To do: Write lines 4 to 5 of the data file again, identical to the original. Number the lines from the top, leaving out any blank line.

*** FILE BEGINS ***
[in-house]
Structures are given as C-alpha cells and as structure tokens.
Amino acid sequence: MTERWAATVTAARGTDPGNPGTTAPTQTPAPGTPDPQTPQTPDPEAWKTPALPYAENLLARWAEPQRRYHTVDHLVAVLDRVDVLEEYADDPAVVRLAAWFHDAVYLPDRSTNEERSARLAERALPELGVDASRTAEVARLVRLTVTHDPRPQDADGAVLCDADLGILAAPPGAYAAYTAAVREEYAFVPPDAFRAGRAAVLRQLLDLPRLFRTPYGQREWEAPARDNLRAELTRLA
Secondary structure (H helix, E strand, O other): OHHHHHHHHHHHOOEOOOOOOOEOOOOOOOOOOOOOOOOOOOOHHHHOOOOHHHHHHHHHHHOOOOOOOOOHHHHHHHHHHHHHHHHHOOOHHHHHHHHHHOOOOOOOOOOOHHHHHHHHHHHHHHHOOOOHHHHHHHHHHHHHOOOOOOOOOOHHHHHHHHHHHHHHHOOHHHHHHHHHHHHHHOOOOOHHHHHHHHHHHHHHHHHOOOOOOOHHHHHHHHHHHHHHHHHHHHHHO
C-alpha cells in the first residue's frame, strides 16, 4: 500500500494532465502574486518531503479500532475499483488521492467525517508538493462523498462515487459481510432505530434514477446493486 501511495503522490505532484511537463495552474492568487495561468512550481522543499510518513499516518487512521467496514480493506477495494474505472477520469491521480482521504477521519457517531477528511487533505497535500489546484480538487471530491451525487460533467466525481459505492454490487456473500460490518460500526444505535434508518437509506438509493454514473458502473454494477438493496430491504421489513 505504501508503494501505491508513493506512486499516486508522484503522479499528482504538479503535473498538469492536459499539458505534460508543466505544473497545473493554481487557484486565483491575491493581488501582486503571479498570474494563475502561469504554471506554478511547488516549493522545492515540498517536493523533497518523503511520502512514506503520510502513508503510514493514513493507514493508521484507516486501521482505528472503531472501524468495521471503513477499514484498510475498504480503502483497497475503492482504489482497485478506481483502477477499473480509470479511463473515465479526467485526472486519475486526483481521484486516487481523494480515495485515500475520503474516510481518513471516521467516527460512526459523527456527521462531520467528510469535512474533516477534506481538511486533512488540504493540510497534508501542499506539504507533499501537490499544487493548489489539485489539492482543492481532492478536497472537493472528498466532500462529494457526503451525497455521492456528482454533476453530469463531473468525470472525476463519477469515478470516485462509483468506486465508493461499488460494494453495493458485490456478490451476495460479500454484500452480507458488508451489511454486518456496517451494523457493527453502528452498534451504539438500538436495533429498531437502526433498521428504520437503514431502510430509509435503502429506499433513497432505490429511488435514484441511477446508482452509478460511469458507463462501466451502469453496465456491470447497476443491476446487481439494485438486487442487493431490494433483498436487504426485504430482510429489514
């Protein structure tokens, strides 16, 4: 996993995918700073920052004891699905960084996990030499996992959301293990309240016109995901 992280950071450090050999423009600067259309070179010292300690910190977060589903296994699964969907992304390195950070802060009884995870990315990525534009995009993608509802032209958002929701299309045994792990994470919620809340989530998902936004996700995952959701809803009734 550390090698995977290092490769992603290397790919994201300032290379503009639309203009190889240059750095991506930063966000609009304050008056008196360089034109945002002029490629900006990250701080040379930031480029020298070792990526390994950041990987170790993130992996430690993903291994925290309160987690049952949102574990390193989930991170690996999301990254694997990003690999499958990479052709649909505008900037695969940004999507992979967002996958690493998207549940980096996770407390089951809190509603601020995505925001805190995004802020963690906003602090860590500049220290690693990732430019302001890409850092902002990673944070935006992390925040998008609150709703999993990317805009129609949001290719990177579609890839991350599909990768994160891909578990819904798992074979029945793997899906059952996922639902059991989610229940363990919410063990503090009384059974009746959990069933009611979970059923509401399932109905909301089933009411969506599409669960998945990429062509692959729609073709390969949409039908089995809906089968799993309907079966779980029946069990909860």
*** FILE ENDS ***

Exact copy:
Secondary structure (H helix, E strand, O other): OHHHHHHHHHHHOOEOOOOOOOEOOOOOOOOOOOOOOOOOOOOHHHHOOOOHHHHHHHHHHHOOOOOOOOOHHHHHHHHHHHHHHHHHOOOHHHHHHHHHHOOOOOOOOOOOHHHHHHHHHHHHHHHOOOOHHHHHHHHHHHHHOOOOOOOOOOHHHHHHHHHHHHHHHOOHHHHHHHHHHHHHHOOOOOHHHHHHHHHHHHHHHHHOOOOOOOHHHHHHHHHHHHHHHHHHHHHHO
C-alpha cells in the first residue's frame, strides 16, 4: 500500500494532465502574486518531503479500532475499483488521492467525517508538493462523498462515487459481510432505530434514477446493486 501511495503522490505532484511537463495552474492568487495561468512550481522543499510518513499516518487512521467496514480493506477495494474505472477520469491521480482521504477521519457517531477528511487533505497535500489546484480538487471530491451525487460533467466525481459505492454490487456473500460490518460500526444505535434508518437509506438509493454514473458502473454494477438493496430491504421489513 505504501508503494501505491508513493506512486499516486508522484503522479499528482504538479503535473498538469492536459499539458505534460508543466505544473497545473493554481487557484486565483491575491493581488501582486503571479498570474494563475502561469504554471506554478511547488516549493522545492515540498517536493523533497518523503511520502512514506503520510502513508503510514493514513493507514493508521484507516486501521482505528472503531472501524468495521471503513477499514484498510475498504480503502483497497475503492482504489482497485478506481483502477477499473480509470479511463473515465479526467485526472486519475486526483481521484486516487481523494480515495485515500475520503474516510481518513471516521467516527460512526459523527456527521462531520467528510469535512474533516477534506481538511486533512488540504493540510497534508501542499506539504507533499501537490499544487493548489489539485489539492482543492481532492478536497472537493472528498466532500462529494457526503451525497455521492456528482454533476453530469463531473468525470472525476463519477469515478470516485462509483468506486465508493461499488460494494453495493458485490456478490451476495460479500454484500452480507458488508451489511454486518456496517451494523457493527453502528452498534451504539438500538436495533429498531437502526433498521428504520437503514431502510430509509435503502429506499433513497432505490429511488435514484441511477446508482452509478460511469458507463462501466451502469453496465456491470447497476443491476446487481439494485438486487442487493431490494433483498436487504426485504430482510429489514